As the U.S. hits up against the debt ceiling a week from today, there are two potential outcomes.
The loudest voices are saying a default would be catastrophic, as the country would be perceived as unable to pay its obligations. The rest think the situation would be serious but not catastrophic. (I tend to side with the latter.)
by Bill Hall
An investing axiom holds that it’s useless to “fight the Fed,” reflecting the popular view that the central bank’s actions alone are enough to keep equity prices rising.
by Mike Burnick
Emerging-markets stocks, which have trailed U.S. shares this year, might rebound as investors pick up beaten-down companies in improving economies. The following is a list of consumer-oriented ETFs that could benefit from a shift toward domestic-led growth in the BRIC countries.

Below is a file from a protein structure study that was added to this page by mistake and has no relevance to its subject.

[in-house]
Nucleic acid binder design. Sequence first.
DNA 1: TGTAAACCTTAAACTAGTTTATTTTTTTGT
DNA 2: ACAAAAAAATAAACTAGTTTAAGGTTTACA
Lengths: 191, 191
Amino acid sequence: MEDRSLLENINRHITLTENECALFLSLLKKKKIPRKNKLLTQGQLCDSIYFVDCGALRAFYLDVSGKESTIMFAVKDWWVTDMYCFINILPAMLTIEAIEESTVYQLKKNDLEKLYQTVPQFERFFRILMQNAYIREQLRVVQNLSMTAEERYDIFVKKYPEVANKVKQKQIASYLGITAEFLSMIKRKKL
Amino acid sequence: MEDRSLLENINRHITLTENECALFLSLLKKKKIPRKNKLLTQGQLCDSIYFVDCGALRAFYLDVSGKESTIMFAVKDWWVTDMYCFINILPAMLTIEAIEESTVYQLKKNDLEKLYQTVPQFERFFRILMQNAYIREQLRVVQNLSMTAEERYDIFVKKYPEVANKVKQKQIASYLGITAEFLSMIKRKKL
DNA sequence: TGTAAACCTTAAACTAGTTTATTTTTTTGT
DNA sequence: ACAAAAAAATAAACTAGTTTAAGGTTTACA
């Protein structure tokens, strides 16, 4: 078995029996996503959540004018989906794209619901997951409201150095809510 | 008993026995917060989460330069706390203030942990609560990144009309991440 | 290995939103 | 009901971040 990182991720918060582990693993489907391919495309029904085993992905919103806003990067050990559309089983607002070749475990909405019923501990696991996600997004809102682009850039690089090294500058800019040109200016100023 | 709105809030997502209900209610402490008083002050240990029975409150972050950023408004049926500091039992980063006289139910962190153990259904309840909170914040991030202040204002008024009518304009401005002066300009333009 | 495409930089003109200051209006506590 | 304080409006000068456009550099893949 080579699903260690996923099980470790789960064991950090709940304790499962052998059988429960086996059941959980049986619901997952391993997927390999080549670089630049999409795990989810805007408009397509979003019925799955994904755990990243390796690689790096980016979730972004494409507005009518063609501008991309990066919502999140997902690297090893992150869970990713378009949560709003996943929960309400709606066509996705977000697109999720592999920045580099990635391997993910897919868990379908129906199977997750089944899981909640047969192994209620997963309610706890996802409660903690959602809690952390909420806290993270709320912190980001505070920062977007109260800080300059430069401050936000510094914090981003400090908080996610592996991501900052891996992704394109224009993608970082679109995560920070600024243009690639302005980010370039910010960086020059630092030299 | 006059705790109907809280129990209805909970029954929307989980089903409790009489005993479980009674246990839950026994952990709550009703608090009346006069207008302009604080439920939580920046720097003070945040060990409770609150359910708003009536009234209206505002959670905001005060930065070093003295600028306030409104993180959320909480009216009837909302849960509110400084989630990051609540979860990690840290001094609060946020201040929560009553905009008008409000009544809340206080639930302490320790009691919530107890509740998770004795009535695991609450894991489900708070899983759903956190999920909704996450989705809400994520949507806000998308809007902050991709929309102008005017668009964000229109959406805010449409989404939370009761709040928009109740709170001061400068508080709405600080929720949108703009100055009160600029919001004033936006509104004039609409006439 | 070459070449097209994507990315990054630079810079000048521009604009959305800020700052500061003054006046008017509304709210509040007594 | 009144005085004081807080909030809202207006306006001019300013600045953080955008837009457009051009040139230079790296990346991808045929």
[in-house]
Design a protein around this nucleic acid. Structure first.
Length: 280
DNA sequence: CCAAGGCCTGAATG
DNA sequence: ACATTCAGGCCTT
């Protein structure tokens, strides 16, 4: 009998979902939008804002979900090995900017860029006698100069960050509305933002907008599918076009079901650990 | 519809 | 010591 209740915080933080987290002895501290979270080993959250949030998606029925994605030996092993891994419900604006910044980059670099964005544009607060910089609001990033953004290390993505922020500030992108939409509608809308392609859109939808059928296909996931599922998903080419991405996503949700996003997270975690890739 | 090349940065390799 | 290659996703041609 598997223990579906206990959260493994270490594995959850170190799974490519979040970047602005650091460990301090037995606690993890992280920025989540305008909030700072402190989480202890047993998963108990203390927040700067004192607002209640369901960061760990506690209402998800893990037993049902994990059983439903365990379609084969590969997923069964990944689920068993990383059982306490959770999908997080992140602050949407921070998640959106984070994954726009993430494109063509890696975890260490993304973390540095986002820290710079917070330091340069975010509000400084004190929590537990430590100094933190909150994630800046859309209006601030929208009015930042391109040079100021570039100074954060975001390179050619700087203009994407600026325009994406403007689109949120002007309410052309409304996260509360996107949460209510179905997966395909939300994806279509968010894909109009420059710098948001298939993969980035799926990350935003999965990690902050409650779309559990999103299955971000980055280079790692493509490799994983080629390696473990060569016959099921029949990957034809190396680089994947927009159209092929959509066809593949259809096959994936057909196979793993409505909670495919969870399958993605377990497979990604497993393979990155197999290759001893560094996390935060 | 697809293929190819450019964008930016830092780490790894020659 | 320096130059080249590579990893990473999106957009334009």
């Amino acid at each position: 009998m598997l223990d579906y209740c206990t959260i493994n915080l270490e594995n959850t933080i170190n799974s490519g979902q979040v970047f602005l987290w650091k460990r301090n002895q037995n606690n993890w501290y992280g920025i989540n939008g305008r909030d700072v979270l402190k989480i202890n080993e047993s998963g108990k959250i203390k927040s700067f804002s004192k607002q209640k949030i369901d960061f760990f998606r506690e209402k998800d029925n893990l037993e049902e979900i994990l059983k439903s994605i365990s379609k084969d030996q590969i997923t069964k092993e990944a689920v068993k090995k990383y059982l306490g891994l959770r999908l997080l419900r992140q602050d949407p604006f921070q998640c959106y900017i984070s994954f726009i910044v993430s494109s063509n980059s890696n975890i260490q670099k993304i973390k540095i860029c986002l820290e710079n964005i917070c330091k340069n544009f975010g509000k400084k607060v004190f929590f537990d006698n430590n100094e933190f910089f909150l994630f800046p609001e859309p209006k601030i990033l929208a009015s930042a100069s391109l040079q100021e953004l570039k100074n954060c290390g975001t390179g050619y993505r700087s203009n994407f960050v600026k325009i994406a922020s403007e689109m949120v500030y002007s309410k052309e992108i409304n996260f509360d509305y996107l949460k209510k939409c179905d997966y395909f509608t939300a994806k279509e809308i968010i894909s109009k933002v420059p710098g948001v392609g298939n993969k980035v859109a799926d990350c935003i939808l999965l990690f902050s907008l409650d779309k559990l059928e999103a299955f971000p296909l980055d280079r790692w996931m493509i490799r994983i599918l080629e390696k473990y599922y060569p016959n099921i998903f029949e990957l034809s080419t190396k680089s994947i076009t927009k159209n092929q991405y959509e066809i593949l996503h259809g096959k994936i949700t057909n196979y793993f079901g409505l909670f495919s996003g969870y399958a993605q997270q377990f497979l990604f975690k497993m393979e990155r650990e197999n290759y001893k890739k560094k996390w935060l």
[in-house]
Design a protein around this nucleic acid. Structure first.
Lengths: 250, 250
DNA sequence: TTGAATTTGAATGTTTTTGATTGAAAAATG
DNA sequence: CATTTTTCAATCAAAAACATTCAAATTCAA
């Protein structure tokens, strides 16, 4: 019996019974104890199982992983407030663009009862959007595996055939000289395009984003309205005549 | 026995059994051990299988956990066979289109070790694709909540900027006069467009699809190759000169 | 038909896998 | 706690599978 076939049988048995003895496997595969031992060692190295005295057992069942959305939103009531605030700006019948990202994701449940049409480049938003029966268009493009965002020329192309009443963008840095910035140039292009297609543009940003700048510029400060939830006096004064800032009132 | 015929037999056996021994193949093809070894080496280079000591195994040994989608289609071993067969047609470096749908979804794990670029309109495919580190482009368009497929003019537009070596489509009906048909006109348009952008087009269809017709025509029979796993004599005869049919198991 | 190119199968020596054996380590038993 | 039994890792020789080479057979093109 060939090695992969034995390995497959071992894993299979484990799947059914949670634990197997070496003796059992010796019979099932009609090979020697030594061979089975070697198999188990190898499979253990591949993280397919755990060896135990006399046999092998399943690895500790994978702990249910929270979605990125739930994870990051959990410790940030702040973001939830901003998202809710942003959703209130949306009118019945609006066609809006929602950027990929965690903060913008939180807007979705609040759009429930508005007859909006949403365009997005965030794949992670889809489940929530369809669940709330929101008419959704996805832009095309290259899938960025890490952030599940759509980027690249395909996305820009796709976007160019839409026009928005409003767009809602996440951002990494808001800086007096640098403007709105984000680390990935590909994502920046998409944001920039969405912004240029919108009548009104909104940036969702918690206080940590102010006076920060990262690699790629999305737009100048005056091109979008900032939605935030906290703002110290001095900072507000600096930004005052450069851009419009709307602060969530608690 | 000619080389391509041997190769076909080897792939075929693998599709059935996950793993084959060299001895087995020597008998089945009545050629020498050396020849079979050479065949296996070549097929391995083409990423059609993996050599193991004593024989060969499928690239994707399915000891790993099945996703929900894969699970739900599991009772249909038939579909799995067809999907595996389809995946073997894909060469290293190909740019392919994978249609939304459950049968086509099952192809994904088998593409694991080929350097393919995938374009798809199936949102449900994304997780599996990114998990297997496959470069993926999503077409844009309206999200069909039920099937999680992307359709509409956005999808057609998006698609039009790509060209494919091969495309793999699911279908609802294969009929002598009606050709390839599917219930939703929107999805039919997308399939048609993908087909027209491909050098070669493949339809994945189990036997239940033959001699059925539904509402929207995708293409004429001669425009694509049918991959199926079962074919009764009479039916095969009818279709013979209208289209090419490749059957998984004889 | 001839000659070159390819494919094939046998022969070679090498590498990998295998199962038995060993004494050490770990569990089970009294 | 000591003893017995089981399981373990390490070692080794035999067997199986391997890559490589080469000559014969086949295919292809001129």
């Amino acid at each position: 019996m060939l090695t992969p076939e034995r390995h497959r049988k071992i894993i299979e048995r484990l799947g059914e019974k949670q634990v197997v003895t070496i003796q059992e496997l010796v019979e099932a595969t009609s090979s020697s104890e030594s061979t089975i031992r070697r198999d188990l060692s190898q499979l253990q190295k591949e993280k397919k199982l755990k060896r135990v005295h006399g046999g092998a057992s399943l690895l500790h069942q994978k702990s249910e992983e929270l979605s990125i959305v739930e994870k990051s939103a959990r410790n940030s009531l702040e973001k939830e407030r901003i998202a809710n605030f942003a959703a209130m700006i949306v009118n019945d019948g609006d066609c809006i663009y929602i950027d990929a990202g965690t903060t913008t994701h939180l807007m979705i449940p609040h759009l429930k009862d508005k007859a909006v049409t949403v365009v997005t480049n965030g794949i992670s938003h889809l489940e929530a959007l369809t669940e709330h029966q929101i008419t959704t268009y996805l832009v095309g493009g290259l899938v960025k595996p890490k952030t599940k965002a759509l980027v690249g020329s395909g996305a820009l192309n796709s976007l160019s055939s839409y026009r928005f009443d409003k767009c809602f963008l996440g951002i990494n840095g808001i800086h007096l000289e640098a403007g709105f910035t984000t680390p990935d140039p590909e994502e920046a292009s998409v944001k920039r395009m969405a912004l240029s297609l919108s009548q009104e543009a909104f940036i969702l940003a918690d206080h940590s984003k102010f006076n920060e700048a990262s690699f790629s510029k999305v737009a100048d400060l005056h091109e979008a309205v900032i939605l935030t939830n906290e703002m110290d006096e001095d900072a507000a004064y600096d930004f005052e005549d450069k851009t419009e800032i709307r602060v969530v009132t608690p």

by Douglas Davenport
The federal government has been shuttered for a week now, and many investors fear lawmakers won’t agree to a deal to raise the debt ceiling by the Oct. 17 deadline, possibly sinking the country’s credit rating and causing a debt default.
by Larry Edelson
I love gold. I love its history. I love the role it’s had in many monetary systems. I love the beauty of gold. I love the versatile uses of gold. But gold is not the end-all, be-all of the investment world. Nor is it the world’s savior.
by Mike Larson
I’ve minced no words about my expectations for interest rates. More than a year ago, in 2012, I said long-term bond prices would plunge and long-term rates would surge.
by Mike Burnick
U.S. investors are rightly nervous about the government shutdown and the debt-ceiling deadline, which takes place a week from today. But at least one legendary investor sees opportunity, even after U.S. stocks, the benchmark for the world, fell almost every day for the past two weeks.